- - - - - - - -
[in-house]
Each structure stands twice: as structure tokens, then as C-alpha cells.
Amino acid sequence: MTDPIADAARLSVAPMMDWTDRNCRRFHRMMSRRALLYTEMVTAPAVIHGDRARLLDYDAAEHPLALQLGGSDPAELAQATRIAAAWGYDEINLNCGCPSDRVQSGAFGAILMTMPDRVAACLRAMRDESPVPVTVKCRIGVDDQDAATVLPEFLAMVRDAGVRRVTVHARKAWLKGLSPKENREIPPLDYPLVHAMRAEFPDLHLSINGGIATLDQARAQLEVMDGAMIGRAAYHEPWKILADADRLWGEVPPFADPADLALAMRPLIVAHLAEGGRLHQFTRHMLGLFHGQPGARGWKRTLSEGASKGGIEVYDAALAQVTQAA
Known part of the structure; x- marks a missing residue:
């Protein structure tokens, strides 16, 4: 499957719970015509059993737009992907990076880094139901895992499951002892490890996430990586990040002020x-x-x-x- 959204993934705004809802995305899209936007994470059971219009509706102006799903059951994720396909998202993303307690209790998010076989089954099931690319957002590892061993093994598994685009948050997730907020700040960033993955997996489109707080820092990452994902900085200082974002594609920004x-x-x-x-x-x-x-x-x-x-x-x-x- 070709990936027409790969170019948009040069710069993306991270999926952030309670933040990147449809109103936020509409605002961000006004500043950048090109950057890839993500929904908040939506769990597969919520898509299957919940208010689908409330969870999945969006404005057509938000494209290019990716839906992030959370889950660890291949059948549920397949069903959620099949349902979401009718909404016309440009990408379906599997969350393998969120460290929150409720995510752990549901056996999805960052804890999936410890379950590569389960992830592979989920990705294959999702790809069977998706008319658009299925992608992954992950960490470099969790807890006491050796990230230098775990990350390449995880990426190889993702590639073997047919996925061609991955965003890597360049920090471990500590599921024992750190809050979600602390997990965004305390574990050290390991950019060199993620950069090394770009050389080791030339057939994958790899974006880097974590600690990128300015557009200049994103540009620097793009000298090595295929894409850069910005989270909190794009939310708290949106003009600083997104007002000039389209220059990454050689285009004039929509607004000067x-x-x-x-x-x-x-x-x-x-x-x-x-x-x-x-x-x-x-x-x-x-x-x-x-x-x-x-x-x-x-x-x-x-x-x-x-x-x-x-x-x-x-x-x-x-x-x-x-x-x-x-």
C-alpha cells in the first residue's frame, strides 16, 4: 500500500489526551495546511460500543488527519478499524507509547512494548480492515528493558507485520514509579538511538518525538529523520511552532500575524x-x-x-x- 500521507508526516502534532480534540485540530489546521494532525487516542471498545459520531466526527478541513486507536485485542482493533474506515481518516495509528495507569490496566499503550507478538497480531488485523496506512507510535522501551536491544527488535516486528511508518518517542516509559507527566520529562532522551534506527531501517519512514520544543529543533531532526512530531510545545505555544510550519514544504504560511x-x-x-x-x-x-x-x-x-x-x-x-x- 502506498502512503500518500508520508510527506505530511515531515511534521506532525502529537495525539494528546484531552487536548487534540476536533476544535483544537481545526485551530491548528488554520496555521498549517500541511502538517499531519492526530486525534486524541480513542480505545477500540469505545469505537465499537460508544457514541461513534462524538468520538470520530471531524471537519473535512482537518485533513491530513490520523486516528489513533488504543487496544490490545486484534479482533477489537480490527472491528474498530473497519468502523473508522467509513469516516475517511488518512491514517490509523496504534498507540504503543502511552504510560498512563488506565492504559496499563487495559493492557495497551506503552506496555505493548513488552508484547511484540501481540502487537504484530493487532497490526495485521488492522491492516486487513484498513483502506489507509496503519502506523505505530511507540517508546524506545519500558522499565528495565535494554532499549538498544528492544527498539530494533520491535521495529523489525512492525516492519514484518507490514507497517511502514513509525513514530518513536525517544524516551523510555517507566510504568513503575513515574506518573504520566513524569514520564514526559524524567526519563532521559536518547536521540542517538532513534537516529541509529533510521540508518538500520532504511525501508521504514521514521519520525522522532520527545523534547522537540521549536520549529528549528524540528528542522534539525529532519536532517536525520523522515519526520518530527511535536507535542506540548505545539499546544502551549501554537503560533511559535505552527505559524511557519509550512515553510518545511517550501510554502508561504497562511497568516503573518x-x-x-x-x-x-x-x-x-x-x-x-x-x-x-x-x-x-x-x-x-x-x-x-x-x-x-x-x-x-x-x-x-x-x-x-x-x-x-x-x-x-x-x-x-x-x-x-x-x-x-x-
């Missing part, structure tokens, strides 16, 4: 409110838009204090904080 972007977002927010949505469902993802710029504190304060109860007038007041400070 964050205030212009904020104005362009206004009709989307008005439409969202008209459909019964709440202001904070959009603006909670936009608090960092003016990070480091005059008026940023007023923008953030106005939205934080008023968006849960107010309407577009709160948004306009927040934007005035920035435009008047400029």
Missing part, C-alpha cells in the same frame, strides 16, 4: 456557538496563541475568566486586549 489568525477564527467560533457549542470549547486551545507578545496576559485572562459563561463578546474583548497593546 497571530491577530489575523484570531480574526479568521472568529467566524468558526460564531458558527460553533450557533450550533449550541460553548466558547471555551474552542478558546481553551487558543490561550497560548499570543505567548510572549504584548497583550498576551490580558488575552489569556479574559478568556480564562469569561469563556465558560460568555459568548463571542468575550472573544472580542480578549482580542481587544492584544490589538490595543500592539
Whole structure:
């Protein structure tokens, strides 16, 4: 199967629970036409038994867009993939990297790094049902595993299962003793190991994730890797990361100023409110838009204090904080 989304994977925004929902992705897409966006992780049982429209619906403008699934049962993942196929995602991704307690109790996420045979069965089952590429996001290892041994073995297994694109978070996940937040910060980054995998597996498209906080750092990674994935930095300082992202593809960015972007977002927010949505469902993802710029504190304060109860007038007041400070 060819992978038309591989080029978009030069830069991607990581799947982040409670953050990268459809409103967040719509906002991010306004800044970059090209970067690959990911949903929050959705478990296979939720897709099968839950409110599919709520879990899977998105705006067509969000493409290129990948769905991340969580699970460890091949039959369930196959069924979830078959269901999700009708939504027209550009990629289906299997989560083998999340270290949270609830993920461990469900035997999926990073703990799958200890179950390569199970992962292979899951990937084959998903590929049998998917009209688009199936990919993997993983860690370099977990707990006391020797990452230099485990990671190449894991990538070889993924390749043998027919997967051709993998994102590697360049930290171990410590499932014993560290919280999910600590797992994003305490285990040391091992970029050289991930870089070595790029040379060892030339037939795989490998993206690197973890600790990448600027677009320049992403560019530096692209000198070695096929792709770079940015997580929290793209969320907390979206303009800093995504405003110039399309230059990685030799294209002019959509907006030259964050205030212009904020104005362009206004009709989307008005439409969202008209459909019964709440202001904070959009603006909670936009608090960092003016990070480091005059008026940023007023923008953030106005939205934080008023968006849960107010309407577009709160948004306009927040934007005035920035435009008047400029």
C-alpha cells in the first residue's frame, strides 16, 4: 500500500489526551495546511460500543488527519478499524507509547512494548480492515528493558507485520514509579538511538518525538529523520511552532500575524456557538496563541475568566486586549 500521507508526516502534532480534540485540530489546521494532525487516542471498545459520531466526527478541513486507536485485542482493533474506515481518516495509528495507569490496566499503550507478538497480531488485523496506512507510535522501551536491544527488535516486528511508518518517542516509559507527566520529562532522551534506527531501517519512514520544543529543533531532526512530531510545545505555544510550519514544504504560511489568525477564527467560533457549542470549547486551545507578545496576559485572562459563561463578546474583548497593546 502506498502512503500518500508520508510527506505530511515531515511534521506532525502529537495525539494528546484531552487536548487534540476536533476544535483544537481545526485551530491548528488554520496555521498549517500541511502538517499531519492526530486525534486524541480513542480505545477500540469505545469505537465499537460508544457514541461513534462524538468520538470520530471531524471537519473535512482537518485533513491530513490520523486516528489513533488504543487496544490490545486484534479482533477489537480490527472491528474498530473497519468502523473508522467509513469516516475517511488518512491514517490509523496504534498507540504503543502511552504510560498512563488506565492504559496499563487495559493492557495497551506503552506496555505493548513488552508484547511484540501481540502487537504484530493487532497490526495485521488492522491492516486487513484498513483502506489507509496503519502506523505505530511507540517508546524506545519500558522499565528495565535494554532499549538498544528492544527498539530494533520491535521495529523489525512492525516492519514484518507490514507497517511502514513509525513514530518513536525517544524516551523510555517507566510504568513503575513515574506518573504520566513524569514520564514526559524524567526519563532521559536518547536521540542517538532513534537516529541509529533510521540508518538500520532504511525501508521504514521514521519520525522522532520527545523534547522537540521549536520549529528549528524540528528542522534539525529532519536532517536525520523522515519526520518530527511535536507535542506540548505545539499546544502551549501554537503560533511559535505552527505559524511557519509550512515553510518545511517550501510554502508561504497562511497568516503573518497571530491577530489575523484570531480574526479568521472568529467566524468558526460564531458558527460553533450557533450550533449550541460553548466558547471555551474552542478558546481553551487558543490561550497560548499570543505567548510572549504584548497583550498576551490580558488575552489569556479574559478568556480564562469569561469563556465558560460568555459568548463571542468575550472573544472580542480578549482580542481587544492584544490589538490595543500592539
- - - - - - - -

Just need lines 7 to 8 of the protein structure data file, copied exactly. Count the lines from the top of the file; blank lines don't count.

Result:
């Missing part, structure tokens, strides 16, 4: 409110838009204090904080 972007977002927010949505469902993802710029504190304060109860007038007041400070 964050205030212009904020104005362009206004009709989307008005439409969202008209459909019964709440202001904070959009603006909670936009608090960092003016990070480091005059008026940023007023923008953030106005939205934080008023968006849960107010309407577009709160948004306009927040934007005035920035435009008047400029």
Missing part, C-alpha cells in the same frame, strides 16, 4: 456557538496563541475568566486586549 489568525477564527467560533457549542470549547486551545507578545496576559485572562459563561463578546474583548497593546 497571530491577530489575523484570531480574526479568521472568529467566524468558526460564531458558527460553533450557533450550533449550541460553548466558547471555551474552542478558546481553551487558543490561550497560548499570543505567548510572549504584548497583550498576551490580558488575552489569556479574559478568556480564562469569561469563556465558560460568555459568548463571542468575550472573544472580542480578549482580542481587544492584544490589538490595543500592539